Read more here.

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Connecting Friends Oceans Apart

by Robert Vescio

September 2016

imageIt is with great pleasure to welcome children’s author Robert Vescio to share his inspiration for writing his latest, heartwarming book, Jack and Mia – a story on everlasting friendship and long-distance connections.

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I wrote Jack and Mia to show how friendships (rich in imagination) can survive distance by finding creative ways to stay connected.

Jack and Mia do everything together. They stick together like paper and glue. Then, one day, Mia’s family moves away – not to another suburb but to another country on the other side of the world.

This is a story that will resonate with children who are about to move or have moved and miss their friends. Unlike other picture books about this subject, Jack and Mia illustrates how today kids are finding it easier to keep in touch with friends and loved ones who live far away.

Read more here.

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You’re Different Jemima!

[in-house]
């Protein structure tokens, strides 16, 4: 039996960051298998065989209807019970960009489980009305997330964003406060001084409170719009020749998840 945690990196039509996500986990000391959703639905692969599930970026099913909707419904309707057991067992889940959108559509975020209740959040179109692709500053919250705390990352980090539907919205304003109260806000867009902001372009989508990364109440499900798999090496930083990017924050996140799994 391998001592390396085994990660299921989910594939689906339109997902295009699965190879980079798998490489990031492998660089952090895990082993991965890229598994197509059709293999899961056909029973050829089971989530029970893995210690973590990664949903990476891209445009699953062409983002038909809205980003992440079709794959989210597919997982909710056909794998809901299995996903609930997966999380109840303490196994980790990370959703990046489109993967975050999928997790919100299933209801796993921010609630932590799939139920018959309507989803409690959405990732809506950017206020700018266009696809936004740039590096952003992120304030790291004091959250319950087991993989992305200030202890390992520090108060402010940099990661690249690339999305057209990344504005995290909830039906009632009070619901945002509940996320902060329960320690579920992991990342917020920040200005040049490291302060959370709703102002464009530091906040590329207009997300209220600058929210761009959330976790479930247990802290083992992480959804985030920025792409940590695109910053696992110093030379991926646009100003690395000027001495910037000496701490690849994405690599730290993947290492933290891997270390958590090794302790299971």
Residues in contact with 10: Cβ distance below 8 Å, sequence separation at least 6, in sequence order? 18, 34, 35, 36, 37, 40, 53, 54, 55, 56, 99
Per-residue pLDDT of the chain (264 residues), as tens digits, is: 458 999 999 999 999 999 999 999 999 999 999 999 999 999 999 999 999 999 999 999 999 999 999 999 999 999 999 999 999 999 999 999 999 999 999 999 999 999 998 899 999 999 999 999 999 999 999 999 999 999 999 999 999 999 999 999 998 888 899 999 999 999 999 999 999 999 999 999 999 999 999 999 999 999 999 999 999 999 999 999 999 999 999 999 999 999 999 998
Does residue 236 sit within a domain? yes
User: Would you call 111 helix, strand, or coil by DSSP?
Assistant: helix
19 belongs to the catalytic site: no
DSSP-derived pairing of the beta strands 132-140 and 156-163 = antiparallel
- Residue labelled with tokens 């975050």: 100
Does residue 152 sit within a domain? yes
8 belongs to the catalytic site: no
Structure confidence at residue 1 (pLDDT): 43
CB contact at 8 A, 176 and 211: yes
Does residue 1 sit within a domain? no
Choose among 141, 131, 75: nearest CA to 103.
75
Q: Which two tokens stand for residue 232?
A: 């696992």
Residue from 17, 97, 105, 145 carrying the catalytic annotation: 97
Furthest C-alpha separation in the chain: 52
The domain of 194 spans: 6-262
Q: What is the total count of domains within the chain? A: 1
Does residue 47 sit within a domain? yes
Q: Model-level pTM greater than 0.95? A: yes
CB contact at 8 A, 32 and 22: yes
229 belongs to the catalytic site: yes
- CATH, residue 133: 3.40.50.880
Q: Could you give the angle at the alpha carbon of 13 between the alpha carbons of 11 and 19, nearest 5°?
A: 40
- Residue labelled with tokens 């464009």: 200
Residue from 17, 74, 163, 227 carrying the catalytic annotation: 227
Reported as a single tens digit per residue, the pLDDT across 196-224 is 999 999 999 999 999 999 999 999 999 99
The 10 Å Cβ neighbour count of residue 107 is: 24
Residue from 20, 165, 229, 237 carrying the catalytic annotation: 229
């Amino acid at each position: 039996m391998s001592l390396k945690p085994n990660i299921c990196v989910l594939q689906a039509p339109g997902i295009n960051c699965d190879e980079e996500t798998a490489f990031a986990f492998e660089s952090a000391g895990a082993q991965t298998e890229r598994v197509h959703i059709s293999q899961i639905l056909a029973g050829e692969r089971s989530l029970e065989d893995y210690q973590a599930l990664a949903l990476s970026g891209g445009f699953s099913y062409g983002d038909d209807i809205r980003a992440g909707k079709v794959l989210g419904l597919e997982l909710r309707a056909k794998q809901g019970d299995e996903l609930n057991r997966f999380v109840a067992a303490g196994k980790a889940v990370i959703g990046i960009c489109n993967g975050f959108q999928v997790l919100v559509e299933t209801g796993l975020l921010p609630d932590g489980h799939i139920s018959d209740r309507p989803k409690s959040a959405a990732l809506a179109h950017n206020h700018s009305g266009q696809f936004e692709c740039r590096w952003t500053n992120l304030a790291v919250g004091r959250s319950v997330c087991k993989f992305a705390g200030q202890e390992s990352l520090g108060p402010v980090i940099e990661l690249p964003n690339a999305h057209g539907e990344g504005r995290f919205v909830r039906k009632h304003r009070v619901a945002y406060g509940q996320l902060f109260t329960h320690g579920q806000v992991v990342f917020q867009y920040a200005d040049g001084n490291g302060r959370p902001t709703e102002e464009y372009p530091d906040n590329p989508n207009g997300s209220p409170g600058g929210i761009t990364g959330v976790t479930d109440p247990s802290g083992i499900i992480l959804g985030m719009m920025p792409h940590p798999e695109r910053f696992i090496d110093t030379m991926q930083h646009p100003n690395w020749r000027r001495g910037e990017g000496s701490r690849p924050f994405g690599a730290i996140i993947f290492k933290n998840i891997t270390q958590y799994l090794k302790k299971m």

by Jedidah Morley

June 2016

imageOur world is facing major problems and challenges for the future. Knowing that a new generation is coming through with fresh ideas and creative solutions to these problems is comforting. It’s exciting to witness innovative and curious minds at work, developing, growing and being enriched!

But what happens when these beautiful and creative minds are restricted? What happens when they are told to conform or behave like the ‘norm’? What happens when they are not given the opportunity to recognise and explore their own strengths and talents, but rather told that the things that make them unique and amazing, makes them different from everybody else, and being different is a a bad thing? What happens when thinking and acting like everyone else is desirable?

Read more here.

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Karen Tyrrell’s Top Teaching Tips for Jo-Kin vs Lord Terra

by Karen Tyrrell (questions by Romi Sharp)

May 2016

imageJust Write For Kids is thrilled to have award-winning children’s resilience author, Karen Tyrrell, joining us once again (see our previous meeting here) to delve further into the benefits and learning possibilities of her second illustrated novel in the Super Space Kids series. Fantastically illustrated by Trevor Salter, Jo-Kin vs Lord Terra is an action-packed comedy space adventure for children between 7-12.